Bulls and the customs related to these animals are, undoubtedly, one of the most popular elements of the Spanish culture at an international level. Bullfights at the ring are the most famous event from the whole bullfighting set of traditions.
This animal is the protagonist of not only bullfights, but also other events such as bull runs and acrobatic shows. However, in the recent years, animal rights movements have introduced controversy in the bullfighting world.
The fighting bull or toro bravo is a male specimen of a race which is specifically bread for its participation in this kind of shows. These are indigenous animals from the Iberian Peninsula that have evolved to our days, developing some special characteristics. Their self-defense instinct, temper, complexion and horns are just some of them.
The ancestor of this bull, the urus, was present in several places around the world. Many civilizations use to adore them. We can find some kind of cult to this animals and divine sacrifices in the Greek Church of Crete and the ancient biblical texts.
Bulls also played a key role in the religious ceremonies of the prehistorical tribes. In fact, bull rings probably find their origin in Celtiberian temples, where they used to offer sacrifices. Close to Numancia, in the province of Soria, one of those is still preserved.
Some time after that, the Greek and Roman influence transformed these cults into shows. During the Middle Ages, horse bullfighting was one of the most popular activities among the aristocrats. In the 18th Century, this tradition was abandoned, and the youth invented the kind of bullfighting we know today, where the torero is standing. Francisco Romero was a key character to fix the rules of this new show.
Nowadays, we still preserve several fiestas that have the bull as the protagonist of the event. Undoubtedly, the most popular ones are bullfights. However, Spanish popular festivities offer also bull runs and acrobatic shows, among others.
Bullfights take place at the bull rings and aim to subdue the animal. They begin with a short stroll around the ring, or paseíllo, and all the participants of the event are introduced. After asking for permission to open the bull door or toril, the first animal comes out.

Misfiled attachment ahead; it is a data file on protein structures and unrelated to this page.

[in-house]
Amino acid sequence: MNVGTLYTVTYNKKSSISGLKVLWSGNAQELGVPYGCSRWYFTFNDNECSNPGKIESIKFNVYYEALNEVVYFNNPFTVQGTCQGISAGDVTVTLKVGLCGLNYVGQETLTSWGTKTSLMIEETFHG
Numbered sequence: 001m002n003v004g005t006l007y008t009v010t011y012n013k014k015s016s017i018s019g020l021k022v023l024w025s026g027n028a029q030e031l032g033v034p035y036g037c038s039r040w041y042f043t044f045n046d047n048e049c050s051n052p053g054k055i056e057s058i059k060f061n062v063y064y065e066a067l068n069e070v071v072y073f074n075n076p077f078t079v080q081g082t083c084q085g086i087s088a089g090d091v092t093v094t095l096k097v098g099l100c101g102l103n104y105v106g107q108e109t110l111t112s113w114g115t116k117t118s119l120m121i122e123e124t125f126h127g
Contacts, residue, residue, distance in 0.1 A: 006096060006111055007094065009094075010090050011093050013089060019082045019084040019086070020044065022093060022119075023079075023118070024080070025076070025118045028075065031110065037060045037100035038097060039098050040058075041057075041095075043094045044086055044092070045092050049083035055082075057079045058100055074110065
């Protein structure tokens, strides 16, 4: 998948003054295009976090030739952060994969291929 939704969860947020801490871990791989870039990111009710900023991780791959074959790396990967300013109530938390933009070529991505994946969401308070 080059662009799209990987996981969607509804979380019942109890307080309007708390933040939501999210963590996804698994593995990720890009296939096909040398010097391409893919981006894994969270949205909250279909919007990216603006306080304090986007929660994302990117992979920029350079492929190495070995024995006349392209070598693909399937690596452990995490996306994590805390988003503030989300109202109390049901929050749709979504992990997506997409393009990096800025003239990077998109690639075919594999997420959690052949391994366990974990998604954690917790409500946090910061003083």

The ritual goes like this: Each show has three bullfighters that take care of two bulls each. There are three parts to be completed with every animal and they are marked by the sound of bugles. During the first part, the bullfighter uses the capote, a big cape a with a pink and a yellow side. After that, the picadores show up and prick the bull with their long lances.
In the second part, three banderilleros stick two multi-colored barbed darts each into the bull. After this move, it is the time for the final part of the bullfight. In what is called suerte suprema (“ultimate fate”), the bullfighter uses the muleta, a small red piece of cloth which is hanging from a stick. In this last section of the show, the torero must show mastery over the bull, stablish a symbiosis between both of them and finally kill it using a sword.
Bull runs or encierros are another popular bullfighting tradition. People run in front of a group of bulls or heifers, which are led by steers. Runners try to stay as close as possible to the herd, without touching the animals. One of the most well-known bull runs is San Fermín, which is celebrated on July in Pamplona.
The acrobatic contests or concursos de recortes are characterized by confronting participants with several bulls. In turns, they perform all kind of stunts and pirouettes over them. Their objective is to cheat the animal in the last second and risk to the maximum to win the competition.
In addition to all these events, there are many popular festivities in Spain that put the bull in the center of the celebration. Bous al carrer, for example, is a tradition in some towns in Valencia, Alicante, and Castellón. There, they place fireballs on the bull’s horns and then release them to the streets. Another typical celebration is the capea. In many Spanish towns, they free heifers or small bulls for the attendants to have fun while playing around.
An increased awareness of the bull’s suffering and a progressive advancement in the fight for animal rights have negatively impacted the bullfighting tradition. This change of mentality has been slowly transferred to the laws. Nowadays, these celebrations are regulated in a different way in each region.
Bullfights are forbidden by law in the Canary Islands and Catalonia. However, the last one keeps on celebrating other festivities with bulls. In Galicia and most of the Balearic Islands, bullfights are legal, but the practice is banned in some places.
In the rest of Spain, bullfights are completely legal. Yet, they do not have the same consideration everywhere. Generally speaking, the northern regions do not have such a rooted bullfighting tradition as the ones in the center or the south of the country. In Madrid, both Castillas, Murcia and Navarra, bullfighting is contemplated as a Celebration of Cultural Interest and Intangible Cultural Heritage.